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Recovering the Southern Residents: lessons learned from other populations
C & P Coffee Company
Seattle, WA
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Date
Apr 18, 2019 7:00 PM



Admission Level Price Quantity
General $5.00 ($6.17 w/service fee) Sales Ended
Kids under 12 get in free!
 



Event

Recovering the Southern Residents: lessons learned from other populations
With just 75 individuals in the population, the southern resident orcas are in danger of going extinct. Is it too late? What will it take to recover J, K and L pods, and what can we learn from similar efforts with other populations?

Dr. Tim Ragen will review the status of the southern resident killer whale population and then review conservation efforts for other marine mammals to highlight lessons learned and relevant to killer whale conservation.

About the Speaker

Tim Ragen earned a Ph.D. in oceanography from Scripps Institution of Oceanography at the University of California, San Diego, California in 1990. His dissertation focused on field and modeling studies of the northern fur seal. After earning his degree he completed a National Research Council Associateship at the U.S. National Marine Mammal Laboratory, where he continued modeling studies of the northern fur seal. In 1991 he joined the Honolulu Laboratory of the U.S. National Marine Fisheries Service, where he worked in the Hawaiian monk seal recovery program. In 1997 he took a management position as the Steller sea lion recovery coordinator for the Alaska Region, National Marine Fisheries Service. There his work focused primarily on indirect interactions between the endangered Steller sea lion and the Alaska groundfish fisheries. In 2000 he moved to Washington, D.C., to serve as Scientific Program Director for the U.S. Marine Mammal Commission. In 2006 he was appointed the Commissions Executive Director. He retired from that position in June 2013 and currently lives in Anacortes, WA.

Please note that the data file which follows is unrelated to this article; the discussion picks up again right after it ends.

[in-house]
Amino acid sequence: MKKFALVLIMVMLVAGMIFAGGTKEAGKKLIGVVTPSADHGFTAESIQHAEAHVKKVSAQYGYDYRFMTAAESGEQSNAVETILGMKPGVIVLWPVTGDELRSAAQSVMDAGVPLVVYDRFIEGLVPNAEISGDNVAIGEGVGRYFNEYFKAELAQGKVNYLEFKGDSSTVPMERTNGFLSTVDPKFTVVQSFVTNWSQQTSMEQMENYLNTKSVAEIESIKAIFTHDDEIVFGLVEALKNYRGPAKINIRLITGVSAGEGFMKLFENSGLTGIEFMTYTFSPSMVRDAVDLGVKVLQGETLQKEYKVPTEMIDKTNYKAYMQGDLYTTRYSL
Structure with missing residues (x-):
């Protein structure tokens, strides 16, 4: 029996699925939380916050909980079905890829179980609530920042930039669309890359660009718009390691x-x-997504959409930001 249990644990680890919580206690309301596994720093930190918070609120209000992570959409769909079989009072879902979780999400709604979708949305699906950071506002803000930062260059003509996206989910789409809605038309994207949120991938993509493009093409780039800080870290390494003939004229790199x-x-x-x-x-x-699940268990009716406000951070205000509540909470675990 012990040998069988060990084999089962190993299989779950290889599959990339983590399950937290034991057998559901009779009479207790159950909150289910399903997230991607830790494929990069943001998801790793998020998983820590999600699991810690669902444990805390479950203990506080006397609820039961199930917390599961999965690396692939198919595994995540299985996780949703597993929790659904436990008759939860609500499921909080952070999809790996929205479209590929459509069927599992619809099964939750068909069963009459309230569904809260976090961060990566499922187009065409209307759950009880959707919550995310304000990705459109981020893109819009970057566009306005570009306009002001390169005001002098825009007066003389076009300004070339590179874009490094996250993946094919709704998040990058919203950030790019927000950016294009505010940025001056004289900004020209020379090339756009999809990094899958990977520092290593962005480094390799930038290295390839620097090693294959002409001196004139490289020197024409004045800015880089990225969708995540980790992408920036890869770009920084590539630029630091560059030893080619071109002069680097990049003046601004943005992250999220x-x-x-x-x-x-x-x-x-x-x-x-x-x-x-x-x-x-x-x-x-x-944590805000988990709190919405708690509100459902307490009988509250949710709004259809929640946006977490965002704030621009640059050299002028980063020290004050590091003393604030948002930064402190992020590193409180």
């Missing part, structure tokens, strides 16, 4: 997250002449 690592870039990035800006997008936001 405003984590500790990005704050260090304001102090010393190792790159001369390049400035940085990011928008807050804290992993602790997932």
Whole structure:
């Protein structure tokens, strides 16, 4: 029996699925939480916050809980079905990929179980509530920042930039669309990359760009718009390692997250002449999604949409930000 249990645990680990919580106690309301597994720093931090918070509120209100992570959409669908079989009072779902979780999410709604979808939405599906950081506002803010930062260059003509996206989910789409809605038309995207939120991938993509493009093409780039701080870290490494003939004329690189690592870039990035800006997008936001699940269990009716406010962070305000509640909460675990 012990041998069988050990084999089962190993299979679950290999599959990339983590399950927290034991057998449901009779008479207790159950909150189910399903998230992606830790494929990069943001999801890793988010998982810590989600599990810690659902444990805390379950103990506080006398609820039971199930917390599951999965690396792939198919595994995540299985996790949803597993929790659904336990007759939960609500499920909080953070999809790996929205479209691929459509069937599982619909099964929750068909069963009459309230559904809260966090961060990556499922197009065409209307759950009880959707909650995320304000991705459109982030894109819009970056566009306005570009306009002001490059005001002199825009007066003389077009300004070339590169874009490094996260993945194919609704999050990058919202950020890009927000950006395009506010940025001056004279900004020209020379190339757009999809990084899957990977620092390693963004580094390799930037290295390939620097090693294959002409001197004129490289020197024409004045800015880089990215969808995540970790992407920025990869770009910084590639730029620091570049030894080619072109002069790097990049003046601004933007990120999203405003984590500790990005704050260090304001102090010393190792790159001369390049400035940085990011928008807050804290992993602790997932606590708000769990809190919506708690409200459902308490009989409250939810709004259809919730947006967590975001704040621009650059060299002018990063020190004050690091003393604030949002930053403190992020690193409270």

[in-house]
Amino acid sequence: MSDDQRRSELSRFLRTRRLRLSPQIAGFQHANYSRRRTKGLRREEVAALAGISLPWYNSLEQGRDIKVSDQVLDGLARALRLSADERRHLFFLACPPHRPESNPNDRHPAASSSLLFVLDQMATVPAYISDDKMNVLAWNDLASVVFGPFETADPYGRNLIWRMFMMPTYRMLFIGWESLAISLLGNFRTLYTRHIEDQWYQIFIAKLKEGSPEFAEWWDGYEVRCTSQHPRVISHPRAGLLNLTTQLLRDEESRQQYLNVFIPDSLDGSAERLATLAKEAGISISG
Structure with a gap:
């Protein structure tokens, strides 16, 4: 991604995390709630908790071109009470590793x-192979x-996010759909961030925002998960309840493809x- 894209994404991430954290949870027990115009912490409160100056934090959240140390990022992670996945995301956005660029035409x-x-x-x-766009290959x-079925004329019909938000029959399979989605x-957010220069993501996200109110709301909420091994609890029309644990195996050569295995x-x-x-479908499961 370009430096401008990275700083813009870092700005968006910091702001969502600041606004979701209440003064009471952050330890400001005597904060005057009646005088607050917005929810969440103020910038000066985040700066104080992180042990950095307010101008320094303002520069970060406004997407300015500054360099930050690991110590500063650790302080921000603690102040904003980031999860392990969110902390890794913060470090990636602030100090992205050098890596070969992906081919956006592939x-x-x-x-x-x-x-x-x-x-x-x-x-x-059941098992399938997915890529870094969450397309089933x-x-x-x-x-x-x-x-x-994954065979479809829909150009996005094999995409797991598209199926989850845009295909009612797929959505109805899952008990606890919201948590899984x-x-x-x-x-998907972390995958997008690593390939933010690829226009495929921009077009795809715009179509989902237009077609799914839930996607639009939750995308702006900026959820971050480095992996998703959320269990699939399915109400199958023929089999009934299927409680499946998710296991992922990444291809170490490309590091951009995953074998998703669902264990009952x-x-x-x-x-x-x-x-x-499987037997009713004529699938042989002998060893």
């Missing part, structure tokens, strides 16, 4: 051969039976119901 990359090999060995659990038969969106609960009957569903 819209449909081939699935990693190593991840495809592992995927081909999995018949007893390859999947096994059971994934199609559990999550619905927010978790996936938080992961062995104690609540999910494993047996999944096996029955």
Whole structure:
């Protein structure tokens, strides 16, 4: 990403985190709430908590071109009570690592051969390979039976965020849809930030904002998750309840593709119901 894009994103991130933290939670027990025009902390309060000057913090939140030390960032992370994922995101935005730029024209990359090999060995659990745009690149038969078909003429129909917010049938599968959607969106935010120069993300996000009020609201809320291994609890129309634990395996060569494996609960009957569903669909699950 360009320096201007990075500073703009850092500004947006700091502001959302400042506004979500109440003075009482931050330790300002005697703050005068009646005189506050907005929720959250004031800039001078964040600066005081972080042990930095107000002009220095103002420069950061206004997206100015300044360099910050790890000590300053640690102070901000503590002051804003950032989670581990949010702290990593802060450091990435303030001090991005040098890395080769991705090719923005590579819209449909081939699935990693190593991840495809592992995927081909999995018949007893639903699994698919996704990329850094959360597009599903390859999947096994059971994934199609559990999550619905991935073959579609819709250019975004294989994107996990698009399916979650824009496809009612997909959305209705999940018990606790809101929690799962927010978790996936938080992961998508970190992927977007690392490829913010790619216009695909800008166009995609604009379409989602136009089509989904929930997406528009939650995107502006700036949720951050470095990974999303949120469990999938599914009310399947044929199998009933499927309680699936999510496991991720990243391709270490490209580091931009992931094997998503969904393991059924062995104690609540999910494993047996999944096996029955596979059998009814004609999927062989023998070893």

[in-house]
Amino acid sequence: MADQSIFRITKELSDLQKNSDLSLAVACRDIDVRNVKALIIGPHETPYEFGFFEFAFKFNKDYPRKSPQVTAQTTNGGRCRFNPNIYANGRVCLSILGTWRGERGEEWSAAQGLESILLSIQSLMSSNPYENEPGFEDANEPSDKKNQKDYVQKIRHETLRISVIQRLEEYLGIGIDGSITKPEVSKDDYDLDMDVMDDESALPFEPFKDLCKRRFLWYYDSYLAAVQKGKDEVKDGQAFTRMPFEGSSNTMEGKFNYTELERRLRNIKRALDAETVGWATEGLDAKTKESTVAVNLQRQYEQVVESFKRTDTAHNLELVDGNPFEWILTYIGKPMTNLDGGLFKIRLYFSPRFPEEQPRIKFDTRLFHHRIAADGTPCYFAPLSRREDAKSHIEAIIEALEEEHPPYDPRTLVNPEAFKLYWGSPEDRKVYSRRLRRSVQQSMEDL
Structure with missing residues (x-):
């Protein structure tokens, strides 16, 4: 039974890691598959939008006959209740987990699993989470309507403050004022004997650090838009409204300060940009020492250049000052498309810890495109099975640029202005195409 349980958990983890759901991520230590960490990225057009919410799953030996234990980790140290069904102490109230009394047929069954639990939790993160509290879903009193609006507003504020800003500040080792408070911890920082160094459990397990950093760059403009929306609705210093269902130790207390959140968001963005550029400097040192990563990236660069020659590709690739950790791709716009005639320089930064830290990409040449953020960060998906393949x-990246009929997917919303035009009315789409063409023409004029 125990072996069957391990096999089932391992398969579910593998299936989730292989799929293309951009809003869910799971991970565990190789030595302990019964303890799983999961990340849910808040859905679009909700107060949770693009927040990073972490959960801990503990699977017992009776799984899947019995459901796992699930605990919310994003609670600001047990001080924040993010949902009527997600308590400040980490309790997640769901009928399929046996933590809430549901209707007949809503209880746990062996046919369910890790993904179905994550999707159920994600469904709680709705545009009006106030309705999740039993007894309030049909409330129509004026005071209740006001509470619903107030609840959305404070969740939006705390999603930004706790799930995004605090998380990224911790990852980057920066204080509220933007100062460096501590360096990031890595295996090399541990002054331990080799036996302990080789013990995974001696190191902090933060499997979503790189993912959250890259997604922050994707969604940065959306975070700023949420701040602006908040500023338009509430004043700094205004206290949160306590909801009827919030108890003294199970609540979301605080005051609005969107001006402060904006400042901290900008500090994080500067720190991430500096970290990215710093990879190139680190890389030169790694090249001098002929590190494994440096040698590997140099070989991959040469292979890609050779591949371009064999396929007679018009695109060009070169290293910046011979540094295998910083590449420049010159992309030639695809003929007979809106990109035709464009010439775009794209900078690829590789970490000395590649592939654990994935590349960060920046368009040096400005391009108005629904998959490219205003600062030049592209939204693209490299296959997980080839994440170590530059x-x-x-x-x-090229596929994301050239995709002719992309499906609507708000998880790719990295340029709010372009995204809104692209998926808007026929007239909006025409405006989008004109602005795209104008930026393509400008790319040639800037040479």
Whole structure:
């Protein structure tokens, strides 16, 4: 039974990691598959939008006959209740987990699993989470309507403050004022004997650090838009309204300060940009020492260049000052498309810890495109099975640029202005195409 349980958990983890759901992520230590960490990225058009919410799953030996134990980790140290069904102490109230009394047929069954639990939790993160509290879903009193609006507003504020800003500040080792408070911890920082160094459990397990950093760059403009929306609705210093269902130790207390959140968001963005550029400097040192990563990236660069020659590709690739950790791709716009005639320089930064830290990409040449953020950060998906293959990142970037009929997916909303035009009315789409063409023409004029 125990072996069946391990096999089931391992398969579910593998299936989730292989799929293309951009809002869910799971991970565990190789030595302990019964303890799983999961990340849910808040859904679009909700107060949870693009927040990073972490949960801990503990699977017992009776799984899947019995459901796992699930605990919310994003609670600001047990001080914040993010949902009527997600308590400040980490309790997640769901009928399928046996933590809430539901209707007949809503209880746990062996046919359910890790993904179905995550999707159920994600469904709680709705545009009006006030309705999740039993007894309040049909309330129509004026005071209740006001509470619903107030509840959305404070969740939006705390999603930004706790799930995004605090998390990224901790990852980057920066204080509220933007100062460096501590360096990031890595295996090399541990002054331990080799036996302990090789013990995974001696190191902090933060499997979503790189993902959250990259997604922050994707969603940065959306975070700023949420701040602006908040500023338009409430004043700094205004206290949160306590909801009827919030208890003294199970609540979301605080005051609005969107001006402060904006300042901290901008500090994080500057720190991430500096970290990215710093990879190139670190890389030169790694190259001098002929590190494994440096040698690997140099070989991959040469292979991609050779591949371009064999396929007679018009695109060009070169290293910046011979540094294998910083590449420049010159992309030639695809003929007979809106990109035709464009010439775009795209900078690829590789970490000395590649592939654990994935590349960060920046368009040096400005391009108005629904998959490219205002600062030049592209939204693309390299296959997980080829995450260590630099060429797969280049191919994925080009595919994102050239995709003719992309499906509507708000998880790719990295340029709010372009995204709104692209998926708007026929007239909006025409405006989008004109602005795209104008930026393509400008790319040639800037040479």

About The Whale Trail

The Whale Trail (www.thewhaletrail.org) is a series of sites to view orcas and other marine mammals from shore. Our mission is to inspire appreciation and stewardship of whales and our marine environment.

Through our current sites and signs, including two on every Washington State ferry, we reach more than 50 million people each year. The Whale Trail is adding new sites along the North American west coast, from California to British Columbia.

The Whale Trail is led by a core team of partners including NOAA Fisheries, Washington Department of Fish and Wildlife, the Seattle Aquarium, the Olympic Coast National Marine Sanctuary, the Whale Museum. Donna Sandstrom is the Founder and Executive Director. She is also a member of Governor Inslee's Task Force on SRKW Recovery.

The Whale Trail is a 501(c)3 nonprofit organization, registered in Washington State. Join us!

Location

C & P Coffee Company (View)
5612 California Ave SW
Seattle, WA 98136
United States


Categories

None

Kid Friendly: Yes!
Dog Friendly: No
Non-Smoking: Yes!
Wheelchair Accessible: Yes!

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